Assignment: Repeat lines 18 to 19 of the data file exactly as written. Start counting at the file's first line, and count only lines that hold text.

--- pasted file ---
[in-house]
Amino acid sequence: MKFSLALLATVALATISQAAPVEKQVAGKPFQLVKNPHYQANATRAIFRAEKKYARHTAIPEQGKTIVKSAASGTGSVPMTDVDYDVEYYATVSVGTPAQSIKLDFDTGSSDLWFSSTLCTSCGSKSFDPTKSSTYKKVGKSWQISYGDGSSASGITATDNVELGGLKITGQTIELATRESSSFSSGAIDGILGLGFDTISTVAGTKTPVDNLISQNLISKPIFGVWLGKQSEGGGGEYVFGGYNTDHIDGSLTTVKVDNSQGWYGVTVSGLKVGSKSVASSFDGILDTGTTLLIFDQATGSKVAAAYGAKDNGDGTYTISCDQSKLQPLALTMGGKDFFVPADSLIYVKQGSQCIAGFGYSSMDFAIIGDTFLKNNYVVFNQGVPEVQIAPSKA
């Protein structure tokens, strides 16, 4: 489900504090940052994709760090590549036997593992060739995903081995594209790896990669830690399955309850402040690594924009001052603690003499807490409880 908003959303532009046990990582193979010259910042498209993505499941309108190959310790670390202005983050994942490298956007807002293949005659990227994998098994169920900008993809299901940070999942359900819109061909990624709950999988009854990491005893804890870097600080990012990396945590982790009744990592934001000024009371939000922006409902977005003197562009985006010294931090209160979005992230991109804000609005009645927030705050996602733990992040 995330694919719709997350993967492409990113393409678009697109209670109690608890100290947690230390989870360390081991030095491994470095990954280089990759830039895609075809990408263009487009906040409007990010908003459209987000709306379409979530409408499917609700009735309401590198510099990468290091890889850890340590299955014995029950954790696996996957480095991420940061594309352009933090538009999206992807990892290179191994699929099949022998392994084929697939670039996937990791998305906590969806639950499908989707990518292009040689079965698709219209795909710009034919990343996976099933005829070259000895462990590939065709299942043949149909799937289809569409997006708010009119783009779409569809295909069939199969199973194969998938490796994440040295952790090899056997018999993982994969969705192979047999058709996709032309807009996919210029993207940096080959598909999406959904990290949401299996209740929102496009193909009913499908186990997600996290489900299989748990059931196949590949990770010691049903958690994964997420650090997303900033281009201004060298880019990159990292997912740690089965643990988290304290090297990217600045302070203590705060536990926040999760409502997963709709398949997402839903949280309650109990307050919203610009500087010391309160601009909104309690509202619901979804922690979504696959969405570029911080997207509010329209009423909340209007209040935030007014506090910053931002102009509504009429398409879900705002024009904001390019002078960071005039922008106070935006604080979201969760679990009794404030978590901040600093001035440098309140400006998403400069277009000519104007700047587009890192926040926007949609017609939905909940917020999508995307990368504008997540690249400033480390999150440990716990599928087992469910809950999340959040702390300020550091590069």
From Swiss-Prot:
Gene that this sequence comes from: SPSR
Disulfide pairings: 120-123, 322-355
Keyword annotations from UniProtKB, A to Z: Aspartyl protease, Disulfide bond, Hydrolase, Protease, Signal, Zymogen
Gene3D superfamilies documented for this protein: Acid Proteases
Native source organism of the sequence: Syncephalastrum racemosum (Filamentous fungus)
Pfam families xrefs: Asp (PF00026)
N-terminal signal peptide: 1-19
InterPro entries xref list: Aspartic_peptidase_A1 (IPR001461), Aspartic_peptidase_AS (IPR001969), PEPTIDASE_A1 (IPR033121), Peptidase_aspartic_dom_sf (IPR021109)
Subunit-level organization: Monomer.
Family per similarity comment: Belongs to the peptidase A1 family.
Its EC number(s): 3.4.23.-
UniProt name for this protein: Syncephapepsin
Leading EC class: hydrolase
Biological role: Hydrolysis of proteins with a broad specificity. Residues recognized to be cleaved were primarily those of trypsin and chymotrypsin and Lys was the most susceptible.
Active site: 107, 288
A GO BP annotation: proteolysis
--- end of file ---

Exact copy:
Biological role: Hydrolysis of proteins with a broad specificity. Residues recognized to be cleaved were primarily those of trypsin and chymotrypsin and Lys was the most susceptible.
Active site: 107, 288